How should companies in the sector adjust in line with the transformation of the car industry?
The current economic climate dictates that the auto industry be innovative in its approach to acquire new customers and be resilient. Another challenge is to cope with the rapid advancement of technology. The entire world is going electric, and, in line with that, all the major companies are releasing electric cars. For Al Nabooda Automobiles, the first one will be the Porsche Taycan, followed by the Audi E-Tron. There has been so much disruption in this space that the entire business mentality must change to handle new challenges and opportunities. This change requires investments in infrastructure development of two kinds. First, the vehicle-charging infrastructure will need to be ramped up, and the automobile industry will need the support of the government in order to ensure that people can conveniently charge their cars. Second, automobile dealerships will have to make significant investments in special service center infrastructure and training of after-sales staff.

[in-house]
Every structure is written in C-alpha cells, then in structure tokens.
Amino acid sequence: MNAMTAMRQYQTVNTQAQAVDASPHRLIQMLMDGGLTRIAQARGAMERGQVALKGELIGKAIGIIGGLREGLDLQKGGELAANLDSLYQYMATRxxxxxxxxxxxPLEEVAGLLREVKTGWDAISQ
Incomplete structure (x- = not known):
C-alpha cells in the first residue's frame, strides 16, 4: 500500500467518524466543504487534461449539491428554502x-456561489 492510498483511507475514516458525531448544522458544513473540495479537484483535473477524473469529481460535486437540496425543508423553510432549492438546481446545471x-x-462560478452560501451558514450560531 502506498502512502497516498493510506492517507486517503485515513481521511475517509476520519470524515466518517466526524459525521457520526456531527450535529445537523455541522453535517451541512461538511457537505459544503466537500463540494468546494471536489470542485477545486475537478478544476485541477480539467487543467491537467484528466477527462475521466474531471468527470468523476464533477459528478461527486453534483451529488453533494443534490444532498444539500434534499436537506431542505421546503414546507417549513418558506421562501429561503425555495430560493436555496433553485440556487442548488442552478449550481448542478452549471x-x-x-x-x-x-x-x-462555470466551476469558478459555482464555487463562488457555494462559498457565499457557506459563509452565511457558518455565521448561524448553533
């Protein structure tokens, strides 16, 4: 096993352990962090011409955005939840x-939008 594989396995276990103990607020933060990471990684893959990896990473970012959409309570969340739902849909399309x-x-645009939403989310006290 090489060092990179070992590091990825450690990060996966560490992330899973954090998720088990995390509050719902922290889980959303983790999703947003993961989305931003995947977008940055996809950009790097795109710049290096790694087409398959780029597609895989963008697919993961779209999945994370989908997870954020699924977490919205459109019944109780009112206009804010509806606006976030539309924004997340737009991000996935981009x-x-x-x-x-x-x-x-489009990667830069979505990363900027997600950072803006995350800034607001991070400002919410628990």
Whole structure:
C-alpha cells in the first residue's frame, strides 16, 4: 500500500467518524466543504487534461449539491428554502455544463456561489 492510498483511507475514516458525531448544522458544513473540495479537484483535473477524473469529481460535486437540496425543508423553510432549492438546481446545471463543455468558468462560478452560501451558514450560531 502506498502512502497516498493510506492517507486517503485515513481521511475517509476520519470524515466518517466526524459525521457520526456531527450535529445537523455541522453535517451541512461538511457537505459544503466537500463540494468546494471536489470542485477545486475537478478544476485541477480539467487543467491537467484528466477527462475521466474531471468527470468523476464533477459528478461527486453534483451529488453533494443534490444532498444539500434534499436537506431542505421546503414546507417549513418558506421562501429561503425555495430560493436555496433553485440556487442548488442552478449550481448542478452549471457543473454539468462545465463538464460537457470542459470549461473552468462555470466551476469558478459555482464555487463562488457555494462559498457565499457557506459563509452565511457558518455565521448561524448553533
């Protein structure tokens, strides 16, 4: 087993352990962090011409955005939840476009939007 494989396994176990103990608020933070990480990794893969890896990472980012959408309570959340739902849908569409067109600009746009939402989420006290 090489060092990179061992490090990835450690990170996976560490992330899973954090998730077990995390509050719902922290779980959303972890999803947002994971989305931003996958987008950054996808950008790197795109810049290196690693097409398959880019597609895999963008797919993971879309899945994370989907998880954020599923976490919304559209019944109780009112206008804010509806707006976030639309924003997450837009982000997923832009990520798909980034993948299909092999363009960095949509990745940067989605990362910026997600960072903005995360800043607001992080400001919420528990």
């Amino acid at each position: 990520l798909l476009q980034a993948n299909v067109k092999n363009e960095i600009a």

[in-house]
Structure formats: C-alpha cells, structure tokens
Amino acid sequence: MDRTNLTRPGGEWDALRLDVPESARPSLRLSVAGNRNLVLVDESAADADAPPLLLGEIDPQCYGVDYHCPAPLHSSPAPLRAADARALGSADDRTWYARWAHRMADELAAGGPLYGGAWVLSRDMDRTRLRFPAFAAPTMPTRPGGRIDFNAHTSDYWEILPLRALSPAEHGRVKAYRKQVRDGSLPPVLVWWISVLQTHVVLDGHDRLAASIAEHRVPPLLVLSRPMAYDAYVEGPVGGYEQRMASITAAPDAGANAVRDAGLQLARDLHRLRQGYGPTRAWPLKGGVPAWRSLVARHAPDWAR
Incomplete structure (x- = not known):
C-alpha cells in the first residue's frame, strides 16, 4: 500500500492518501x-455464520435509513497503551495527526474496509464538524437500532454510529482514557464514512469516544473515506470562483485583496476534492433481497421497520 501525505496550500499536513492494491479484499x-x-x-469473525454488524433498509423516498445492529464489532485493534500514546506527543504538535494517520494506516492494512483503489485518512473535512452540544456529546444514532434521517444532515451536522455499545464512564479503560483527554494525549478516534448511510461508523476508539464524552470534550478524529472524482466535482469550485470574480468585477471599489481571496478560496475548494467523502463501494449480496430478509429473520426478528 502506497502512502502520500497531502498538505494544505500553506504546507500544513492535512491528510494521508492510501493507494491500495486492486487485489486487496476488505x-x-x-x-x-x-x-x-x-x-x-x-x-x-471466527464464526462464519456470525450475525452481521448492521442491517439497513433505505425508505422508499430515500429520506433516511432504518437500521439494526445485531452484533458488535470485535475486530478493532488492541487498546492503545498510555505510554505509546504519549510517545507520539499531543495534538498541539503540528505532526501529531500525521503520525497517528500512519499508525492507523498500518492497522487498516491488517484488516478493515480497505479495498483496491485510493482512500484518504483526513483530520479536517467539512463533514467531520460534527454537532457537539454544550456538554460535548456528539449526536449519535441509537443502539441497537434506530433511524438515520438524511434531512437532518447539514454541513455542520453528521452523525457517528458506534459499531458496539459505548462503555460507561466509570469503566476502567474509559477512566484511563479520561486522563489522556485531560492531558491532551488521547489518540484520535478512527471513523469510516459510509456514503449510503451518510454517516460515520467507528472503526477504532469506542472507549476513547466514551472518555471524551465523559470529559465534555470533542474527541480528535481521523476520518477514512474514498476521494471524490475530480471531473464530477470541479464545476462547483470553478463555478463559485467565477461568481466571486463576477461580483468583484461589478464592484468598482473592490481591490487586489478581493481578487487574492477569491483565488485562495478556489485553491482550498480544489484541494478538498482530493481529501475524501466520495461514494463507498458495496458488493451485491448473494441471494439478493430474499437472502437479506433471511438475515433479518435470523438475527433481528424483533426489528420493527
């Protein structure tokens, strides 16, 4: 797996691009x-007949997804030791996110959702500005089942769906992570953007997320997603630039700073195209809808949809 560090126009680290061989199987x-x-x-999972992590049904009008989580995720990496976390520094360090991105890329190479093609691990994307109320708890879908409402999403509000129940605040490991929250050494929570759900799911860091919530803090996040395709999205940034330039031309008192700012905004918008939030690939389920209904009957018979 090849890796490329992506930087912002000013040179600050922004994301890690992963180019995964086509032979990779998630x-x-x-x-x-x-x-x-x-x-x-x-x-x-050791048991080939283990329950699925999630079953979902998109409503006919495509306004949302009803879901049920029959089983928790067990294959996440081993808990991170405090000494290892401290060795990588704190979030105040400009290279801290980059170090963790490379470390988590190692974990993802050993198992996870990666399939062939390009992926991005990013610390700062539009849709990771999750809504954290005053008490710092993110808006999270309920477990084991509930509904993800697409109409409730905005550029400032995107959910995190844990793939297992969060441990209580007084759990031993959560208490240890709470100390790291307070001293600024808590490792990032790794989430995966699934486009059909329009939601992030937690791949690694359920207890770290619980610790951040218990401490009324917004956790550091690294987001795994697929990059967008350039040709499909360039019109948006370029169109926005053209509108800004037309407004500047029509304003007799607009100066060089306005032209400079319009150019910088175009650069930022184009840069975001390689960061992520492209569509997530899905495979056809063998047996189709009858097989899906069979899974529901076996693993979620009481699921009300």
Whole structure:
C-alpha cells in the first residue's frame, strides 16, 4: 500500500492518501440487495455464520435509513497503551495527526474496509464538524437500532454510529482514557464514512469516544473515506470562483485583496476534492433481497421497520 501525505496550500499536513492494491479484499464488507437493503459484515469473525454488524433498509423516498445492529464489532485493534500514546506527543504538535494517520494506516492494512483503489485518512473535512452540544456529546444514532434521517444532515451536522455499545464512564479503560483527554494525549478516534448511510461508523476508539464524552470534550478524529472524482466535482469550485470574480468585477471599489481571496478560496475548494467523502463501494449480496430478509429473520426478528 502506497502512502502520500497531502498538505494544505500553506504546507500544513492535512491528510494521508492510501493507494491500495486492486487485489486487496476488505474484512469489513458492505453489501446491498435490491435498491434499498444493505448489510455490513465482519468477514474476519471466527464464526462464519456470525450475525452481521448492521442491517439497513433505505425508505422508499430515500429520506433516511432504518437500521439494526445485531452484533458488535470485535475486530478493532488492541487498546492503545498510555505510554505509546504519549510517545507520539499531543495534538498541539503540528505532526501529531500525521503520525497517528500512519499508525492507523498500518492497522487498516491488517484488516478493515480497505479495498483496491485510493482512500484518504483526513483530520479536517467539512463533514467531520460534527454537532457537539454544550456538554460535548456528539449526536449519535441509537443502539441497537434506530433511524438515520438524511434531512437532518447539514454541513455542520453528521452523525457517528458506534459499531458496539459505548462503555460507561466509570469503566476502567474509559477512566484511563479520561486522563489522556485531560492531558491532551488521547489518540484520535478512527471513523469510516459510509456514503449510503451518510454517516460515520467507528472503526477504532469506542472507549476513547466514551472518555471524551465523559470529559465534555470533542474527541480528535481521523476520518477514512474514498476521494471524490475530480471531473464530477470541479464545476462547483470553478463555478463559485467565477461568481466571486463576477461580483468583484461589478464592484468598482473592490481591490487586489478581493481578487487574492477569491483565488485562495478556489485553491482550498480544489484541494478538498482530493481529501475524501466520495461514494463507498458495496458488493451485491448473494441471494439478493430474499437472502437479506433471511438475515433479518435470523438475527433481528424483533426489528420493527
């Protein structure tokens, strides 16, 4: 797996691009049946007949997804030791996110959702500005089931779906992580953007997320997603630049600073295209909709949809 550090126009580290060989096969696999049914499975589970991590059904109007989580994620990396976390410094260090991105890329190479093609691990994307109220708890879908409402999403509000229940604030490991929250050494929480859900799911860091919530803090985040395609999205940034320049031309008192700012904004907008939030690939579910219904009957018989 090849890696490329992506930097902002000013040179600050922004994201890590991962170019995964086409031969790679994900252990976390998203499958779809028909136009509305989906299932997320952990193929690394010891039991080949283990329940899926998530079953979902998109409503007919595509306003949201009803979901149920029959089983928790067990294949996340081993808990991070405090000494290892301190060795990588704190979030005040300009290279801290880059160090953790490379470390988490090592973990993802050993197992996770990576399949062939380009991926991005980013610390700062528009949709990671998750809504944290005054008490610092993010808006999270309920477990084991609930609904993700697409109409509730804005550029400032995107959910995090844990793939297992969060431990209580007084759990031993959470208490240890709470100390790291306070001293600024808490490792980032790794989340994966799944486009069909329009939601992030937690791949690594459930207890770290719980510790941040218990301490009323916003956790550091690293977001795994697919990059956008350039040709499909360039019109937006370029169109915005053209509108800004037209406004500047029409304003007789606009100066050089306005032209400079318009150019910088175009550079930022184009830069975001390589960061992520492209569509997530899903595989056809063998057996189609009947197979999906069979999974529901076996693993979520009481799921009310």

How has the company evolved over the years, and how do you maneuver when there are slowdowns in the market?
We started as a small establishment, selling a total of 300-400 cars a year, and in peak years, that figure jumped to 10,000 cars. We are among the world's largest Porsche dealers and control 40% of sales for Audi Volkswagen in the Middle East. During a slowdown, the most effective thing to do is to look at your cost structure and find areas for greater efficiencies. We have made significant investments in embracing digitalization and online technologies to be able to cater to the needs of our potential customers. Having said that, buying a car remains an emotional point of contact. That is the reason why we have developed our world-class showrooms and service centers.